Redmonks Stephen O’Grady has an interesting post Software and EMC in which he discusses some of the problems that EMC, and other storage incumbents, are having with declining hardware sales and their change in focus to software and very specific high end hardware/software combinations (DSSD is one hell of an acquisition, everyone watching the storage space has been wondering what Bonwick et al have been up to, and Bechtolsheim has been obsessed with flash for quite some time).
Software and the Emergence of Commodity Storage
I would argue however that software has always been at the core of what EMC deliver though. What has made companies like EMC so profitable is their attention to areas such as availability and customer service. The age old story is that of the EMC engineer turning up to replace a failing component before you even knew it was a problem. Only software can facilitate that.
The storage market overall is growing, you just have to look at the uptick that companies like SuperMicro, Quanta and others are having, the entry and growing market share of multiple relatively new players such as Nutanix, Tintree, Tegile and others, and the incredibly growth of Amazon S3. Whats interesting here is that the growth is a combination of commodity components, and solutions for specific pain points.
This hardware growth is not where the real money is though and I think EMC see this, at least at an executive level, the real money is in managing the data and the exponential growth of the storage footprint at scale. Which leads us back to Stephens question
If it’s true that EMC is betting heavily on software to restore its hardware growth, the next logical question is whether this is the appropriate response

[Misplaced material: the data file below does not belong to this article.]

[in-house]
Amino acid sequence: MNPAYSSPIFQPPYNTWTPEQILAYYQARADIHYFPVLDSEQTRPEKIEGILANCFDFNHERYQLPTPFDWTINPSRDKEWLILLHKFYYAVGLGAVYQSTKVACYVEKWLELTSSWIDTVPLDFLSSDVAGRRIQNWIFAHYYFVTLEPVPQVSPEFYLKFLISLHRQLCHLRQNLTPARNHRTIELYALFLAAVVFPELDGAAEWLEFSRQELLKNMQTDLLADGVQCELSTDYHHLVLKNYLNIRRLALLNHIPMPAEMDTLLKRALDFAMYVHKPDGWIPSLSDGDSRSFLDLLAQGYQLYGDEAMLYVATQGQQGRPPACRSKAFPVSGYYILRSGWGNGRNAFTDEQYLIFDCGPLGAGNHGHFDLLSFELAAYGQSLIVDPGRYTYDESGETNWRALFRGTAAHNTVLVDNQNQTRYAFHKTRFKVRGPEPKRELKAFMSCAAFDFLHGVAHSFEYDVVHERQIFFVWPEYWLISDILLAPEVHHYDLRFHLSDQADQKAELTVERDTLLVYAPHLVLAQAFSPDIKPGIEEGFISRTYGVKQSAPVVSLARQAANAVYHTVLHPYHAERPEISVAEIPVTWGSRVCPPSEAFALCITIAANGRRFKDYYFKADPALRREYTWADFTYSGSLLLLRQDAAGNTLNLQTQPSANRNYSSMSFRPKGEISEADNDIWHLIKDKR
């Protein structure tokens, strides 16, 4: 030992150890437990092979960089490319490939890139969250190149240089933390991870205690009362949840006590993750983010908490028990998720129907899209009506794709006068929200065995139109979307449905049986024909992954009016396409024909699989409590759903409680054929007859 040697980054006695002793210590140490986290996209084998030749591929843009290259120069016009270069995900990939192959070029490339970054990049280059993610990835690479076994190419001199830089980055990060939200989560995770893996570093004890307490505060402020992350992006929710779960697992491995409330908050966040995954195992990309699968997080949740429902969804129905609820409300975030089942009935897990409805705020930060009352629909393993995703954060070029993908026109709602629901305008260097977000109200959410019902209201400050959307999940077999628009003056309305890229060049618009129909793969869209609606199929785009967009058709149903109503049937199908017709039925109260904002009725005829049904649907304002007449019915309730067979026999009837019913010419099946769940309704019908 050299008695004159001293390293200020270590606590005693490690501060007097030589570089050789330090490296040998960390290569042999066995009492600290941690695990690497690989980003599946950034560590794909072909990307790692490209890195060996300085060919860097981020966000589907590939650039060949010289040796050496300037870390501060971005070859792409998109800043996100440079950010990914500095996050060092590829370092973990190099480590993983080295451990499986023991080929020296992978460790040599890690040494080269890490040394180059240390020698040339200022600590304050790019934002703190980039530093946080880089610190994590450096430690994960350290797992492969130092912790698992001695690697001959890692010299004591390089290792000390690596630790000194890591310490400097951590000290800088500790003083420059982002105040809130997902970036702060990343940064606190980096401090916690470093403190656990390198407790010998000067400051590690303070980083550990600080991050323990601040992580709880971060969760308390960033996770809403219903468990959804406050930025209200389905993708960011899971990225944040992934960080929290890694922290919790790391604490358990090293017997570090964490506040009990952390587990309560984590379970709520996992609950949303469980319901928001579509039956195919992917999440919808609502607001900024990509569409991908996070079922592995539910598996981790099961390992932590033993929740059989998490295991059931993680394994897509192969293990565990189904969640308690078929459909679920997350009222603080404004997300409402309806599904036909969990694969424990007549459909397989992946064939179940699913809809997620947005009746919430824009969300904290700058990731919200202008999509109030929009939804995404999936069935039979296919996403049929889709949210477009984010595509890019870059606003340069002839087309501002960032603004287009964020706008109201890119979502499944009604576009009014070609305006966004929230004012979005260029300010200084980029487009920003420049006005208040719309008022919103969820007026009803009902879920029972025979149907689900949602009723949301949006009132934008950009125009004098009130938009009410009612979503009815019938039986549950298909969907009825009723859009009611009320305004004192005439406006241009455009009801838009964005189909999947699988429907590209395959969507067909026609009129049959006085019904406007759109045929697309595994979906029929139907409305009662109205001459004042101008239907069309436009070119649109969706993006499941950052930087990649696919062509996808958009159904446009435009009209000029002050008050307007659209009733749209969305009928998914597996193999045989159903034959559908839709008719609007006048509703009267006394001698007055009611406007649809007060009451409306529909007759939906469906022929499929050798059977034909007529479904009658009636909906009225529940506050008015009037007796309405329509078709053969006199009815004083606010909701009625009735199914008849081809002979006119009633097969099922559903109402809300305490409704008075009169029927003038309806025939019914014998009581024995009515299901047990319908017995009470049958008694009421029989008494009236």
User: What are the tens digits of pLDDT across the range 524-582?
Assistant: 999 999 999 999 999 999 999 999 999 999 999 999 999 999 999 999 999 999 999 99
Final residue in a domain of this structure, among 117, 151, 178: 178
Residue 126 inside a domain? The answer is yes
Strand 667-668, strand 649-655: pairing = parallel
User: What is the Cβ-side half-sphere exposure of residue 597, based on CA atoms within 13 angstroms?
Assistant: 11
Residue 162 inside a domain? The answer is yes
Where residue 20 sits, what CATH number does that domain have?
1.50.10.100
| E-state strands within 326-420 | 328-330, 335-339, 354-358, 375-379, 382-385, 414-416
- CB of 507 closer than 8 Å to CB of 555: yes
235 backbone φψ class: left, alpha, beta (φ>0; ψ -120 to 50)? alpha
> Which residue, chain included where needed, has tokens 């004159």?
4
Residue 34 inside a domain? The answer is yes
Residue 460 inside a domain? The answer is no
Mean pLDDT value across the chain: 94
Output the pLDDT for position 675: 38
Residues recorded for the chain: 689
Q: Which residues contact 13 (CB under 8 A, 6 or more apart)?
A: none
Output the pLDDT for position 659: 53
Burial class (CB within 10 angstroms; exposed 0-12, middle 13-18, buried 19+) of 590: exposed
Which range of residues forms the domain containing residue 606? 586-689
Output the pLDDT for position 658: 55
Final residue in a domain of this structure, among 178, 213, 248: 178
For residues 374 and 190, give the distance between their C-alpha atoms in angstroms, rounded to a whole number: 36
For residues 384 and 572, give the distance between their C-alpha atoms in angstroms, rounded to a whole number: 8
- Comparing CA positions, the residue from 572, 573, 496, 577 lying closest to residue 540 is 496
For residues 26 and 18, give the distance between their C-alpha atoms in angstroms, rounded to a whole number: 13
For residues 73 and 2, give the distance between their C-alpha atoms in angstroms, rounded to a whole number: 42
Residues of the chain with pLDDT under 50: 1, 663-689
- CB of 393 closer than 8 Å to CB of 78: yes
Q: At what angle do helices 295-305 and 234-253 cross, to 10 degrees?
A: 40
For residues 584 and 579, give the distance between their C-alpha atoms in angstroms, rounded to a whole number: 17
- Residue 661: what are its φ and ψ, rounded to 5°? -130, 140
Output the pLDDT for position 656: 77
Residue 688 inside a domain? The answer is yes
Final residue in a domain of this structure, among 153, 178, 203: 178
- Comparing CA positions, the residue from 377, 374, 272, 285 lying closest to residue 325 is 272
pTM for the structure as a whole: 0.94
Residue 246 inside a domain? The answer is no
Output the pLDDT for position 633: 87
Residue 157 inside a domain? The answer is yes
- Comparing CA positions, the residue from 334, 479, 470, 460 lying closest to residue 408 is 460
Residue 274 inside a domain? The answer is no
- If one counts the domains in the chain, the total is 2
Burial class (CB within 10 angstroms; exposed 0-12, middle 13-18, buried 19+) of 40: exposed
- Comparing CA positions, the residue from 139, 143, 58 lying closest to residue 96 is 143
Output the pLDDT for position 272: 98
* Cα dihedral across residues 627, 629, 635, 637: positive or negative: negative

I don’t think EMC are trying to restore hardware growth at all, I think they are trying to completely shift their business model in the longer (5 to 8 years) term.
At the customer facing software, and developer, level we have removed many of the requirements for highly available hardware solutions – the high margin business EMC is the dominant player in – and moved to rapidly scaling solutions. This moves the real value in storage to managing and provisioning of storage, rather than supplying the underlying storage infrastructure (if you happen to provide it at a high margin, well and good, but its no longer your primary goal).
One point I do have to take up is around registration. I am all for ease of access, but industry context is important. Stephen notes
..the company keeps assets like ViPR locked up behind registration walls. In a market in which technology decisions are being made based more on what’s available than what’s good, that’s an issue
This is very much a cultural thing, traditional vendors such as EMC, IBM, Oracle and the like will always look for registration. EMC are not alone in looking for registration in the software defined storage market place either. If we look at true “software defined storage” vendors (not requiring a hardware product) such as Nexenta, OSNexus and StarWind only Nexenta provides a download that doesn’t require registration.
Bluntly put storage is hard, spinning rust breaks and the traditional way of controlling that is to have a defined hardware stack. When you are providing a software defined storage solution you run into issues similar to what Linux encountered in years gone by such as people installing on older hardware configurations with poor device support or broken components and so on. You then have to deal with the fall out from this on social media, forums etc. Registration allows you to understand a little about who the customer is, and understand if they are a potential sale worth investing time in, or someone (like me for instance) who has just downloaded the software to take a look. Its far from ideal, but its a commercial reality.
I would also argue that storage decisions are made on price, reputation and performance requirements rather than availability of a product to play with. Its a different market place, and DevOps are now driving some of the purchasing decisions. The capex required for storage is a massive proportion of most IT budgets, and any one dealing with operations and “spinning rust” will be happy to have a vendor involved in a proper proof of concept. Registration is not a barrier in that context.
Do I think EMC will succeed with ViPR? I am really not sure. As a preferred vendor to traditional customers, yes definitely. In new markets? Well their developer and devops story is still very hard to follow. Once you actually find their developer site you will see just how little activity there has been there so far, and the limited content is, to my mind anyway, still focused on very traditional storage admins.